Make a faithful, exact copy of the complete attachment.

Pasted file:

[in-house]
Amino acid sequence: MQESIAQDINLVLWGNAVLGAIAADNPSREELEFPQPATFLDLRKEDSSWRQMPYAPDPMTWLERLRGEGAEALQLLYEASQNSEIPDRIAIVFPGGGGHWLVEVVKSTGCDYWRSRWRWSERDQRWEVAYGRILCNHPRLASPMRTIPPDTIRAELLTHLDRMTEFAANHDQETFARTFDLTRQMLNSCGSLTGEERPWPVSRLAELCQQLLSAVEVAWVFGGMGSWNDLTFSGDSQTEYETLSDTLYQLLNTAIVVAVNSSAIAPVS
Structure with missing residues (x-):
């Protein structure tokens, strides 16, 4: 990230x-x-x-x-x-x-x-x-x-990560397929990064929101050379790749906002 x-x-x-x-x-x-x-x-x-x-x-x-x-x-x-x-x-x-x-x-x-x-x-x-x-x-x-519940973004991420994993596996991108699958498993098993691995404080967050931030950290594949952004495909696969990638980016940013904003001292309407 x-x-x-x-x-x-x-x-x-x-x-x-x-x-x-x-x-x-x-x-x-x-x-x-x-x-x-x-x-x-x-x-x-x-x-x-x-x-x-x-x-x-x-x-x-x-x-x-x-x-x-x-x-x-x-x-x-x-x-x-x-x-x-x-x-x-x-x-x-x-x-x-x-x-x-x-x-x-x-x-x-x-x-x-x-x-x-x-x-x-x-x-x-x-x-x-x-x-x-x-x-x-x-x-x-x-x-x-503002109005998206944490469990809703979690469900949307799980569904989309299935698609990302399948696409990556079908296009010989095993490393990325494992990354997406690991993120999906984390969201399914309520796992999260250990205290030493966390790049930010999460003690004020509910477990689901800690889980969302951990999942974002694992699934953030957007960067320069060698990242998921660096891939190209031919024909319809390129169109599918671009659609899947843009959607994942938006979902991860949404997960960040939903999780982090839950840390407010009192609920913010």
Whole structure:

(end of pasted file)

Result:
[in-house]
Amino acid sequence: MQESIAQDINLVLWGNAVLGAIAADNPSREELEFPQPATFLDLRKEDSSWRQMPYAPDPMTWLERLRGEGAEALQLLYEASQNSEIPDRIAIVFPGGGGHWLVEVVKSTGCDYWRSRWRWSERDQRWEVAYGRILCNHPRLASPMRTIPPDTIRAELLTHLDRMTEFAANHDQETFARTFDLTRQMLNSCGSLTGEERPWPVSRLAELCQQLLSAVEVAWVFGGMGSWNDLTFSGDSQTEYETLSDTLYQLLNTAIVVAVNSSAIAPVS
Structure with missing residues (x-):
């Protein structure tokens, strides 16, 4: 990230x-x-x-x-x-x-x-x-x-990560397929990064929101050379790749906002 x-x-x-x-x-x-x-x-x-x-x-x-x-x-x-x-x-x-x-x-x-x-x-x-x-x-x-519940973004991420994993596996991108699958498993098993691995404080967050931030950290594949952004495909696969990638980016940013904003001292309407 x-x-x-x-x-x-x-x-x-x-x-x-x-x-x-x-x-x-x-x-x-x-x-x-x-x-x-x-x-x-x-x-x-x-x-x-x-x-x-x-x-x-x-x-x-x-x-x-x-x-x-x-x-x-x-x-x-x-x-x-x-x-x-x-x-x-x-x-x-x-x-x-x-x-x-x-x-x-x-x-x-x-x-x-x-x-x-x-x-x-x-x-x-x-x-x-x-x-x-x-x-x-x-x-x-x-x-x-503002109005998206944490469990809703979690469900949307799980569904989309299935698609990302399948696409990556079908296009010989095993490393990325494992990354997406690991993120999906984390969201399914309520796992999260250990205290030493966390790049930010999460003690004020509910477990689901800690889980969302951990999942974002694992699934953030957007960067320069060698990242998921660096891939190209031919024909319809390129169109599918671009659609899947843009959607994942938006979902991860949404997960960040939903999780982090839950840390407010009192609920913010």
Whole structure: